Long before modern-day cryptozoologists speculated that Ness and various other Scottish lochs may harbour elusive plesiosaurs, long-necked seals, giant eels, and/or sundry other exotic fauna of the corporeal kind, traditional Highland folklore claimed that these brooding bodies of freshwater were home to fearsome supernatural entities known as water-horses.
Various types of water-horse have been delineated and named, based primarily upon their geographical location and the type of freshwater abode that they reputedly frequent. Of these types, the most formidable and feared is undoubtedly the each uisge (pronounced 'eck ooshkya'), which haunts the Highlands' lochs and the sea. In contrast, the Scottish kelpie is linked to rivers, streams, fords, waterfalls, and other sources of running water. The Isle of Man has its very own, unique type of water-horse, called the cabyll-ushtey.
Nor are these malevolent beings limited to Scotland and the Isle of Man within the British Isles. Ireland also has an equivalent entity, known as the pooka.
As their name indicates, the most common guise assumed by water-horses and also the pooka is that of a horse or pony, usually black in colour (but pale grey in the case of the Manx cabyll-ushtey), with rough, shaggy, unkempt hair and mane usually wet or damp to the touch, plus a faintly stagnant odour, and glowing, demonic eyes. In addition, if observed closely its hooves will be seen to be reversed. Such a steed will attempt to entice unwary humans, especially children, to mount it and be taken for a ride. But if they are reckless enough to do so, they find themselves unable to dismount, having instantly become stuck fast to its back (which magically lengthens to accommodate any number of persons riding it). They can then do nothing other than watch in abject, impotent horror as the predatory water-horse immediately races directly into its watery domain and plunges down into the depths, promptly drowning and then greedily devouring its hapless, helpless riders.
Sometimes, a water-horse will be ensnared by a farmer using a halter stamped with the Sign of the Cross, and is then harnessed to a plough alongside a team of mortal horses. However, its supernatural strength is such that it will readily haul plough and horses alike along with it as it races into its welcoming loch or river, where it soon shakes off the plough and tears apart the doomed horses.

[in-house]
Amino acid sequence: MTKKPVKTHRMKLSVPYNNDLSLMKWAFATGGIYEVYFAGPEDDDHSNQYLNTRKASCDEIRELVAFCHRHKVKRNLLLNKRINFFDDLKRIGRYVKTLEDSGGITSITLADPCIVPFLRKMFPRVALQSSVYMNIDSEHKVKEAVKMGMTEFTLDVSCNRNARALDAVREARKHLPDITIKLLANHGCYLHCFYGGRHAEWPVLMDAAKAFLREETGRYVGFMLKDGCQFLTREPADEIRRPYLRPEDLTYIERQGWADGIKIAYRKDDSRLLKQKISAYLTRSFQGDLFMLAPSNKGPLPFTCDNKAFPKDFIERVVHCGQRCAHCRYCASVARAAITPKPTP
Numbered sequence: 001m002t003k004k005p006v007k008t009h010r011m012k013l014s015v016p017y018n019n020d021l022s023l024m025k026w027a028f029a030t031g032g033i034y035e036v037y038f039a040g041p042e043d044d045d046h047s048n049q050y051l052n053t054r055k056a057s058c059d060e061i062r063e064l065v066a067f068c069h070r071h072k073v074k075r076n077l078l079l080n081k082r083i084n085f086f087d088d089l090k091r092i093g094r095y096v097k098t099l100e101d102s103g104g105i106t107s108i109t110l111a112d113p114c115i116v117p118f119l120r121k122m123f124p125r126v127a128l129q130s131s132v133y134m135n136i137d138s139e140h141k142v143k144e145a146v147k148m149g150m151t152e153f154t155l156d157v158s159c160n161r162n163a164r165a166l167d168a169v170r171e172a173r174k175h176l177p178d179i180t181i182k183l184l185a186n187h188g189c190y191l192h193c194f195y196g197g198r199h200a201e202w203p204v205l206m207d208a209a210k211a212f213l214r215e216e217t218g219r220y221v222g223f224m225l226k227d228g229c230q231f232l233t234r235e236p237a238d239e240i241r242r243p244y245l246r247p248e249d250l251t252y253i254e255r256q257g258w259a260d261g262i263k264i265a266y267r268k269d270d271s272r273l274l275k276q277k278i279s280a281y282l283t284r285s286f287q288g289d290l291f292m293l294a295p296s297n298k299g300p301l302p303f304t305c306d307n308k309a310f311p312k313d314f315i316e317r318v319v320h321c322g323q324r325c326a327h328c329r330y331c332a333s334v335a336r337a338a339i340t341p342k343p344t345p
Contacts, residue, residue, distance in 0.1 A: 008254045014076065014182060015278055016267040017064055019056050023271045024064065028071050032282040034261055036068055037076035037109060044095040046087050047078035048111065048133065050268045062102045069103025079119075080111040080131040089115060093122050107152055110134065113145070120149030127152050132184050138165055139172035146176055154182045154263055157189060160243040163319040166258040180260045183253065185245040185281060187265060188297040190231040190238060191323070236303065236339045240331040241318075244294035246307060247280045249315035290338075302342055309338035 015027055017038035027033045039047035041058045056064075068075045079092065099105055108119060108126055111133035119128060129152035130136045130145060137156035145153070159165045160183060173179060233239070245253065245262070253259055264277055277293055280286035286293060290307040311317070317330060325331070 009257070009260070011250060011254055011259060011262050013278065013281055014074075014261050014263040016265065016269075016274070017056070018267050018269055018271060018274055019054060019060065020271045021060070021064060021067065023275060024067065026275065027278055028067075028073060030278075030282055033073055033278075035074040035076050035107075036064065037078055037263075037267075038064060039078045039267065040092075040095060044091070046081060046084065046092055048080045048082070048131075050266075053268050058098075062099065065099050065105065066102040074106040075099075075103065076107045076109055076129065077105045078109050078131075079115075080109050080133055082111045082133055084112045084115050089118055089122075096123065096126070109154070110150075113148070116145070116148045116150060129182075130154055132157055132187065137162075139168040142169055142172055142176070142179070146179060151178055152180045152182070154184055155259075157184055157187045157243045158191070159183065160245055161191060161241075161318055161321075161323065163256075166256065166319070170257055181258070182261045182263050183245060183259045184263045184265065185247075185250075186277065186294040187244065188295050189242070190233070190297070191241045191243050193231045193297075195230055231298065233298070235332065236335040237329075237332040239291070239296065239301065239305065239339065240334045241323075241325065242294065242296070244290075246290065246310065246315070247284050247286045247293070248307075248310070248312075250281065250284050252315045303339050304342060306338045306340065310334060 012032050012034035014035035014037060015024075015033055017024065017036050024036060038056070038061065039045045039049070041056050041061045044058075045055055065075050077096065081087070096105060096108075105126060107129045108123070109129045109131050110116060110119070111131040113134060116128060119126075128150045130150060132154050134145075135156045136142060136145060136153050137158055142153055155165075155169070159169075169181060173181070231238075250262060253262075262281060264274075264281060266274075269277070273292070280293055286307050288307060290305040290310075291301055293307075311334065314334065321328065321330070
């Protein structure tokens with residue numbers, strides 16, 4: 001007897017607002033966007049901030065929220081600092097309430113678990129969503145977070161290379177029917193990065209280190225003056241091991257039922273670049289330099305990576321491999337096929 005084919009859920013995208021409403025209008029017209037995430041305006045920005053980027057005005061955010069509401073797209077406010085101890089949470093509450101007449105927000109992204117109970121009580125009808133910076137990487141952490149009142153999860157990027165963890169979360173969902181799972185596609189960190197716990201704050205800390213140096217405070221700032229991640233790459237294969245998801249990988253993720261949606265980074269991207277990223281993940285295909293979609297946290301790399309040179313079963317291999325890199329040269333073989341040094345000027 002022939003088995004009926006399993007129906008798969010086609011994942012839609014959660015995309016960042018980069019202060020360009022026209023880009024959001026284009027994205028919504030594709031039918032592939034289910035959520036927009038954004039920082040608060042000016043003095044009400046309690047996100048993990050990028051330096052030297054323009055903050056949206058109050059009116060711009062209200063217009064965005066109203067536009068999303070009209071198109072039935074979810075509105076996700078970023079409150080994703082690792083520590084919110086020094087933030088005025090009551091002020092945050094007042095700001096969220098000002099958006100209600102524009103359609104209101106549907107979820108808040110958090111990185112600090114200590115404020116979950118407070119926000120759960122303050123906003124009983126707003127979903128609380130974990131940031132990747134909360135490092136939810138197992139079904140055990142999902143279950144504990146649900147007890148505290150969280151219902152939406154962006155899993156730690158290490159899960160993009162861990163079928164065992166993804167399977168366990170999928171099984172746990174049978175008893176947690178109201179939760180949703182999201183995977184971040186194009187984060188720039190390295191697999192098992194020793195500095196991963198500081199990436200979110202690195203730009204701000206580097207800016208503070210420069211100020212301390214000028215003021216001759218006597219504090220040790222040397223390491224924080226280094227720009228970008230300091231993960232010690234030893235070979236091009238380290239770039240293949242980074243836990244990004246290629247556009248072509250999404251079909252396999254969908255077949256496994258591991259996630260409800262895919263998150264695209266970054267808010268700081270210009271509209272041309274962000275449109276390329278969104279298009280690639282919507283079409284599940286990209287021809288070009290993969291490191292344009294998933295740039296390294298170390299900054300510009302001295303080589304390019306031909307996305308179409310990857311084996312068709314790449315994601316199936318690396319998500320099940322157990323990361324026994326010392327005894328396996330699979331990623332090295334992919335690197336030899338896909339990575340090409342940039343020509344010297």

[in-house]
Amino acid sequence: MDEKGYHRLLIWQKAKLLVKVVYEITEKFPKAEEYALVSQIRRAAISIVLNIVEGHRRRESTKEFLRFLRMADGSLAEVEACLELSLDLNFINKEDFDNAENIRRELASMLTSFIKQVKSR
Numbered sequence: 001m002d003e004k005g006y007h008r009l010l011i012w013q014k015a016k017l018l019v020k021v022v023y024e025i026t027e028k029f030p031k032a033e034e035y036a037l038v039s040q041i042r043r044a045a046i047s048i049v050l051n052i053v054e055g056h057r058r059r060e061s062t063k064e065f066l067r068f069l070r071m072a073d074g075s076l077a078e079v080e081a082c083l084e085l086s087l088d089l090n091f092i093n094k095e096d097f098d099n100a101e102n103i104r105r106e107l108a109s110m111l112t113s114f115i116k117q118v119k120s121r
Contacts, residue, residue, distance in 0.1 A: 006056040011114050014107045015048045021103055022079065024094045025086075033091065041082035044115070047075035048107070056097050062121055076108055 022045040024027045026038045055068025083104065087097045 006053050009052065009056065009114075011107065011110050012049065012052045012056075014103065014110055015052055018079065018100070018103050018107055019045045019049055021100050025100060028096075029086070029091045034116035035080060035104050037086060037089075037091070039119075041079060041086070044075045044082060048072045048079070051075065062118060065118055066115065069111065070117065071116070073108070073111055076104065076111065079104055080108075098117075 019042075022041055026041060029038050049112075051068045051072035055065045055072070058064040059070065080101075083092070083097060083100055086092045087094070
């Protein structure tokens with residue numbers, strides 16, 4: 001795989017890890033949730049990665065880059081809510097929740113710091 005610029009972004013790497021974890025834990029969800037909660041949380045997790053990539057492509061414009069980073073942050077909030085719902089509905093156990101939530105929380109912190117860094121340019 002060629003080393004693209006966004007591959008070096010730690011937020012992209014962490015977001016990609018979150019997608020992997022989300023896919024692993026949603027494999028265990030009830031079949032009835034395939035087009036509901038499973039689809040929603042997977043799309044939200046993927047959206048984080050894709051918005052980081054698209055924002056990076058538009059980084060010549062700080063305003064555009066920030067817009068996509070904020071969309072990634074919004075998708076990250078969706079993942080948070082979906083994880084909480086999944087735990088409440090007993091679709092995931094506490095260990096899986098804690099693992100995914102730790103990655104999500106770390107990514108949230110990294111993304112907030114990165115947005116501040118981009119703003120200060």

Having said that, there are folk stories of water-horses mating with normal horses. Their resulting hybrid progeny can never drown, and can be physically distinguished from pure-bred normal horses by their extremely short ears.
Very occasionally, a water-horse is actually killed, by being shot with a silver bullet or stabbed with fire-heated spears forged out of iron, but no corpse or carcase is ever left behind. Nothing remains at all, in fact, other than a pool of water, or a jelly-like substance very reminiscent of so-called star rot or pwdre ser.
If chased by a kelpie, one certain means of eluding it is to jump over a stretch of river or stream. Even if it is only very narrow, this will still be sufficient to hold back the kelpie, because it is unable to cross any stretch of running water.
Although it occurs more commonly in its equine guise, the shape-shifting water-horse will sometimes assume human form. It usually appears as a tall, thin youth or young man, whose clothes seem damp, as does his long black hair – which if observed very closely can be seen to contain strands of water weed and grains of sand. He usually wears boots, to conceal the fact that even when he is adopting a human guise, his feet remain hoofed. By contrast, the human form of the pooka is usually a wizened, toothless old man, with evil leer and flashing eyes.
As a child, I was lucky enough to receive as gifts from my family a series of large-format hardback books of world myths, legends, and folktales vividly retold by eminent folklorist Roger Lancelyn Green, beautifully illustrated by Janet and Anne Grahame Johnstone, and published by Purnell. One of these volumes, Myths From Many Lands (1965), included Green’s retelling of a traditional Breton folktale, which he entitled ‘The Goblin Pony’. Years later, I discovered that in both appearance and behaviour this folktale’s eponymous supernatural entity was identical to the Irish pooka, and so fascinated me that a few years ago I penned my own, greatly-expanded version of it, which I reset in Ireland (click here to read it on ShukerNature). In my forthcoming book Here's Nessie! – A Monstrous Compendium From Loch Ness, however, I have relocated it to Scotland, and have replaced the pooka with one of its equally dangerous Caledonian counterparts, the kelpie
As noted above, the kelpie's most innocuous yet deadliest guise is a dark shaggy-coated colt or pony of deceptively playful, harmless demeanour. On first sight, it is easy to mistake a kelpie for a genuine animal - until you see its eyes, which betray its true identity by blazing with a scorching, unholy fire. Consequently, it is always best to avoid anything that might be a kelpie – otherwise you may not live to regret your mistake!
This ShukerNature blog article is excerpted exclusively from my forthcoming book Here's Nessie! – A Monstrous Compendium From Loch Ness.
The eyes have it - how to recognise a fiendish water-horse (photograph's copyright owner unknown to me/photo-manipulation effects © Dr Karl Shuker)